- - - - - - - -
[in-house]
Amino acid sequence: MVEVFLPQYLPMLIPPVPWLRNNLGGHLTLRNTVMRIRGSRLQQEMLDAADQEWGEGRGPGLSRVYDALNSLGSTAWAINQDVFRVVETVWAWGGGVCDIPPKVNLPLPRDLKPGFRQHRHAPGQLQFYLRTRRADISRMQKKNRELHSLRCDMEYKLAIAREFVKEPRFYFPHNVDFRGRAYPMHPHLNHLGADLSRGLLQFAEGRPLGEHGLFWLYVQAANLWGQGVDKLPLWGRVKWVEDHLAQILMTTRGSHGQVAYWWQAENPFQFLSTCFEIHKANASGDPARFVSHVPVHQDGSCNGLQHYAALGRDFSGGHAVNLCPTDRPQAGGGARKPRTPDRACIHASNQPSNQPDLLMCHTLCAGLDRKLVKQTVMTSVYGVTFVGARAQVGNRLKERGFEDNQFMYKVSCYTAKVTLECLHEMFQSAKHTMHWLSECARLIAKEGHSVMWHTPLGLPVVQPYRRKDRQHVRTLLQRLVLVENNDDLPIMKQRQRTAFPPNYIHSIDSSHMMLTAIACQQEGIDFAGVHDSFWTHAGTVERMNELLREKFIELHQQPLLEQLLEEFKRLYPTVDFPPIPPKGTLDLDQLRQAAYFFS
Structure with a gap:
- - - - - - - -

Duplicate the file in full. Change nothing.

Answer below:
[in-house]
Amino acid sequence: MVEVFLPQYLPMLIPPVPWLRNNLGGHLTLRNTVMRIRGSRLQQEMLDAADQEWGEGRGPGLSRVYDALNSLGSTAWAINQDVFRVVETVWAWGGGVCDIPPKVNLPLPRDLKPGFRQHRHAPGQLQFYLRTRRADISRMQKKNRELHSLRCDMEYKLAIAREFVKEPRFYFPHNVDFRGRAYPMHPHLNHLGADLSRGLLQFAEGRPLGEHGLFWLYVQAANLWGQGVDKLPLWGRVKWVEDHLAQILMTTRGSHGQVAYWWQAENPFQFLSTCFEIHKANASGDPARFVSHVPVHQDGSCNGLQHYAALGRDFSGGHAVNLCPTDRPQAGGGARKPRTPDRACIHASNQPSNQPDLLMCHTLCAGLDRKLVKQTVMTSVYGVTFVGARAQVGNRLKERGFEDNQFMYKVSCYTAKVTLECLHEMFQSAKHTMHWLSECARLIAKEGHSVMWHTPLGLPVVQPYRRKDRQHVRTLLQRLVLVENNDDLPIMKQRQRTAFPPNYIHSIDSSHMMLTAIACQQEGIDFAGVHDSFWTHAGTVERMNELLREKFIELHQQPLLEQLLEEFKRLYPTVDFPPIPPKGTLDLDQLRQAAYFFS
Structure with a gap: